Men have larger vocal chords and thus the thyroid cartilage (or Adam’s apple) is more pronounced in the neck.
While both males and females both have Adams apples, which is a portion of bony cartilage that wraps around the larynx, tends to be larger in men because they have larger voice boxes; which explains why many of these men have deeper toned voices.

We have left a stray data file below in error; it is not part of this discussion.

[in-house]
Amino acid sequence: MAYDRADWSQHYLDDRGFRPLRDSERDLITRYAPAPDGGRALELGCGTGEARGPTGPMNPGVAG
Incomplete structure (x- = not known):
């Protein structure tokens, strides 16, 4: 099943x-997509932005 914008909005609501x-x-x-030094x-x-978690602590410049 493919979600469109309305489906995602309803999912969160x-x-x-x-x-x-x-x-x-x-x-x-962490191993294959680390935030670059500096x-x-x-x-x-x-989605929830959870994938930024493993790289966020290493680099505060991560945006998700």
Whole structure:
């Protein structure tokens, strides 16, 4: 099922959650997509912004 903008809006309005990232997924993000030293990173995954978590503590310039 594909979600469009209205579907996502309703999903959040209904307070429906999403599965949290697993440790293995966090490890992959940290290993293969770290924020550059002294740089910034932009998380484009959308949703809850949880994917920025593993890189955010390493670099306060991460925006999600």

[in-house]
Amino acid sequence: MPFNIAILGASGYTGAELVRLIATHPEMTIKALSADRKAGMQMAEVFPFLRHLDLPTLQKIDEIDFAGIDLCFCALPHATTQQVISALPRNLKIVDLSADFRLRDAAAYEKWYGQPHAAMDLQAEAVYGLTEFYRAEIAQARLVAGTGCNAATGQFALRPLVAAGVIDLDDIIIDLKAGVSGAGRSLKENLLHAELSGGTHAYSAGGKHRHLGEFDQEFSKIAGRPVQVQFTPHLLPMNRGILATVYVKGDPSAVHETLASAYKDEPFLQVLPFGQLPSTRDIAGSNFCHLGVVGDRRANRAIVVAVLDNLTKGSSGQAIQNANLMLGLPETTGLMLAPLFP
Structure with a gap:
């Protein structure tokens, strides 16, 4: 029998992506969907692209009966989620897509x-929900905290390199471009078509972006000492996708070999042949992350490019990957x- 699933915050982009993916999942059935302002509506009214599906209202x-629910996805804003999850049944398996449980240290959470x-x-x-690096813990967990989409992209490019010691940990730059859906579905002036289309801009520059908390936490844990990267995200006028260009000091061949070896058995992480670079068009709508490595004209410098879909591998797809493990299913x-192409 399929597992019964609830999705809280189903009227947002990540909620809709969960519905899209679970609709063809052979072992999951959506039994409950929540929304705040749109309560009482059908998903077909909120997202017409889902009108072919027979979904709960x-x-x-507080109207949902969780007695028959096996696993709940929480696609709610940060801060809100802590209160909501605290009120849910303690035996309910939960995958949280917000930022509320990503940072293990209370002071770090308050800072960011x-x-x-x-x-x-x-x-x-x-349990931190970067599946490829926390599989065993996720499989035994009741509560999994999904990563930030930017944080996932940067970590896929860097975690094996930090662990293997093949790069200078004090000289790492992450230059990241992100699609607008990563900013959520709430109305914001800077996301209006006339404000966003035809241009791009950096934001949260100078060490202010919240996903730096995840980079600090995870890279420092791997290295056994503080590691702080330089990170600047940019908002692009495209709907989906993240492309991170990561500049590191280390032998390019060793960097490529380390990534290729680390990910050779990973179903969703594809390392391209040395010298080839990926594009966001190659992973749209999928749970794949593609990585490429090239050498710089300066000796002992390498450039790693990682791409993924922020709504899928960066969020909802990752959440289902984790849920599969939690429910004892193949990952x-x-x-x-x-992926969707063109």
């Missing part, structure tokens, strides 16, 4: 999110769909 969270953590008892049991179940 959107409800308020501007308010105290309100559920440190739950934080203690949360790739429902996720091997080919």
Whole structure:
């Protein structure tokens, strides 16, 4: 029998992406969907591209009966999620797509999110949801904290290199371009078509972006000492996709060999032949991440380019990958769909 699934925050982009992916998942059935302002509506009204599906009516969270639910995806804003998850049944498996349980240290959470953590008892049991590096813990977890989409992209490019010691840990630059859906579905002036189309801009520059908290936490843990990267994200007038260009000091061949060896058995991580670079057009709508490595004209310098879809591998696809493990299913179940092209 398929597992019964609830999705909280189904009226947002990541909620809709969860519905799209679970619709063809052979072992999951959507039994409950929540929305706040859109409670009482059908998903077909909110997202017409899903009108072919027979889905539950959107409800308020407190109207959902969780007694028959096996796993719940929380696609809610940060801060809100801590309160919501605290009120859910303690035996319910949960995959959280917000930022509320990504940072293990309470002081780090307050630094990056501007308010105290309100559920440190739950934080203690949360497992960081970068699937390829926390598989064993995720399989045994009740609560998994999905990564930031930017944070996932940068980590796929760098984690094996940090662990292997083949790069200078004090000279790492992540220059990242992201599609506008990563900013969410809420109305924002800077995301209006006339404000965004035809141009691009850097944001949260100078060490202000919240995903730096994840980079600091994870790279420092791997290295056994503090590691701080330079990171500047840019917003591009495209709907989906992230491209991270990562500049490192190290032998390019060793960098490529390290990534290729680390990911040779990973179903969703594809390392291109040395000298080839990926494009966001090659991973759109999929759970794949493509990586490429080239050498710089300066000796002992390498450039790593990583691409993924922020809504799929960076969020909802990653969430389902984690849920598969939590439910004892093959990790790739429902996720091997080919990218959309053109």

Boys during puberty have their voice boxes grow larger due to testosterone, this is the reason boys’ voices “crack” at this age. This leaves their thyroid cartilage more pronounced, as the two commenters above me have pointed out.
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